Wilkolak’ is a genuine masterpiece of something. With its hints of the legend behind the story’s title, it may not be crime fiction for the purist (I wouldn’t know) but it certainly is fiction that will stay with you, whatever its genre. (23 Dec 10)

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The Conspirators by Christopher Fowler

” ‘Then why not sell to me?’ Court walked over to the balcony…”

An interesting moebius scarf of a story … long-term business colleagues, the one who was the original mentor of the other looking “…like a game show host” … meeting in one of their plush hotels, and a call-girl called Vienna (“…like a character from a video game“) , and icecube-clunky bars – and the plot travelling from the heat of the Middle-East to St Petersburg – a Russian city I visited only a few weeks ago and where one would need the scarf, presumably… A neat story of high finance and high stakes. Don’t forget the red herring, if not in the story, certainly in this review.  Waiting for the end. In plain view? Or purl? (23 Dec 10 – three hours later)

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INTERMISSION: One of the crimes upon fiction for which I have been accused is being more text-based than plot-based in my real-time reviews. So be it. What have these words in common: timely, lonely, allusively, sparely, rely, rarely, diffusely, lovely, comely, recessively…? (23 Dec 10 – another 2 hours later)

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Who’s gonna miss you when you’re gone? by Mikal Trimm

” ‘You’re a good guy, Des.’ “

Another unforgiveable moebius series of eely crimes forgiven by the family that is us, having, as readers (sharers?), been brought into the family proper of the one committing such crimes. Lived through, haunted, visionary, purged, trimmed, untrimmed, zipped, snagged and unzipped and rezipped and scrapbooked. Powerful rite of passage, where the device I’ve noticed in recent decades (since King?) of a protagonist’s internal thoughts italicized beyond the effective reach of even the head-lease author to control…. Here this device has been used to its maximum, better than I’ve ever seen it used.  (23 Dec 10 – another 3 hours later)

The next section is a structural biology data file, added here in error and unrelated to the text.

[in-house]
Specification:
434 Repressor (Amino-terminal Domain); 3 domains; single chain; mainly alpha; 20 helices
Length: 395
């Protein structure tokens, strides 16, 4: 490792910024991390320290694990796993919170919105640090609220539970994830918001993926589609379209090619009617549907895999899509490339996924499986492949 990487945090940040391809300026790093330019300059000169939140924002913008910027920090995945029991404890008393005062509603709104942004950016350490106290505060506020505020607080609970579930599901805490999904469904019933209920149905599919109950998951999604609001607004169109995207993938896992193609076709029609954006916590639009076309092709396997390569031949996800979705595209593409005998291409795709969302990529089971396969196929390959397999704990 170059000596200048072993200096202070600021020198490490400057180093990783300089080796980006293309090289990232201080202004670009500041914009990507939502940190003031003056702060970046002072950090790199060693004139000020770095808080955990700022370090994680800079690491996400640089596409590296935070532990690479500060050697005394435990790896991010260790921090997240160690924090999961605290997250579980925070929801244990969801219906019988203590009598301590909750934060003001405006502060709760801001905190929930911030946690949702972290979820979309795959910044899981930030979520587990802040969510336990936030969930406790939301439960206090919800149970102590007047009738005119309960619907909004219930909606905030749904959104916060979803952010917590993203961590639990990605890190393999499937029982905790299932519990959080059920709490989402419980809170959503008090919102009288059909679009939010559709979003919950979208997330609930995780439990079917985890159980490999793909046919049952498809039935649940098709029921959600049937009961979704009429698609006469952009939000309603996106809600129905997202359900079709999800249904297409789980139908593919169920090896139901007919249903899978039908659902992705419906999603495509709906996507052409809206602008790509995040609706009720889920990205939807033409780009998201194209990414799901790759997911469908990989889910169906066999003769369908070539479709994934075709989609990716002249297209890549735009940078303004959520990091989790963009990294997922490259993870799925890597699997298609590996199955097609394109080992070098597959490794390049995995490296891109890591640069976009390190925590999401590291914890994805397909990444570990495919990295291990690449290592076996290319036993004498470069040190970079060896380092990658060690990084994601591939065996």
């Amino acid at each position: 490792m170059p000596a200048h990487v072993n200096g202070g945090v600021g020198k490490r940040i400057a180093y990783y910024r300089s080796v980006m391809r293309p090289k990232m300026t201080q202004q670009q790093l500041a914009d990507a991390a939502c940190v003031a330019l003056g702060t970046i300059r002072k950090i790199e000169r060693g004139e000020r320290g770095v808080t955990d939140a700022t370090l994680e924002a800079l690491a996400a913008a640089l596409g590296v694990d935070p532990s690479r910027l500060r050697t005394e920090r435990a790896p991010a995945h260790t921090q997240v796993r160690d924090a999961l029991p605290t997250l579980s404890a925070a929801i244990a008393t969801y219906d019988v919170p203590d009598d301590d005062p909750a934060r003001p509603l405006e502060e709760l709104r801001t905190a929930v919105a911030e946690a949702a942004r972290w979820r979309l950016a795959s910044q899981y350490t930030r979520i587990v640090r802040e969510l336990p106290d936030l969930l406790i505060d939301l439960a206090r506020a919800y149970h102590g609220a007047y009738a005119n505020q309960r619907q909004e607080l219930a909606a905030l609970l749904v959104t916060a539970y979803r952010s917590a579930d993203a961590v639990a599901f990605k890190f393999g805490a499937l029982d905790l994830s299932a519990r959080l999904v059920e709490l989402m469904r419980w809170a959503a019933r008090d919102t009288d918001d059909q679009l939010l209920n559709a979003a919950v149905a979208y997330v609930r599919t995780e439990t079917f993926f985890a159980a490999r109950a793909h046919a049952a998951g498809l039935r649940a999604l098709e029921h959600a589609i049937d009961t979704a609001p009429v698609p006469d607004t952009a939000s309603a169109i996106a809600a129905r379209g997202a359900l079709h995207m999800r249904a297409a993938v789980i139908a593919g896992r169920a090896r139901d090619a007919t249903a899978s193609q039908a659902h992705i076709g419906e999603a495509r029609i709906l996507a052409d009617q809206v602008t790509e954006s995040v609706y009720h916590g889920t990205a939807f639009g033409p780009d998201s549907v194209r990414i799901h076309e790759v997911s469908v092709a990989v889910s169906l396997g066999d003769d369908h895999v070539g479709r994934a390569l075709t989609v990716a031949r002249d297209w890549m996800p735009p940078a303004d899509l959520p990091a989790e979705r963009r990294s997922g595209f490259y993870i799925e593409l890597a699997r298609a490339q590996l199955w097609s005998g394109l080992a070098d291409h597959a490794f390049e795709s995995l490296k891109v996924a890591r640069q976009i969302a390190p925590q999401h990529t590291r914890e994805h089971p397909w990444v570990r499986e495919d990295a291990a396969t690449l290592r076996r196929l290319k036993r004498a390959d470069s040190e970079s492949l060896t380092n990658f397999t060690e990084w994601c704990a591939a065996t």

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Holderhaven by Richard Butner

“Rudy imagines all these objects, all this text, laid out in a giant matrix.”

A country house matrix, another ‘waiting to see’ journey as we take snapshots of past events, but where, in real time, Rudy investigates the marks in a secret passage, all conveying a sort of McEwanesque Atonement, a Reggie Oliver-type ambiance and haunting, or a Murder weekend in Cluedo as a cross-section of a house’s history, plus a neat echo of the previous story’s (un)zipping and a similar aberration if with a different gender… (23 Dec 10 – another 2 hours later)

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Eleven Eleven by Cheryl Wood Ruggiero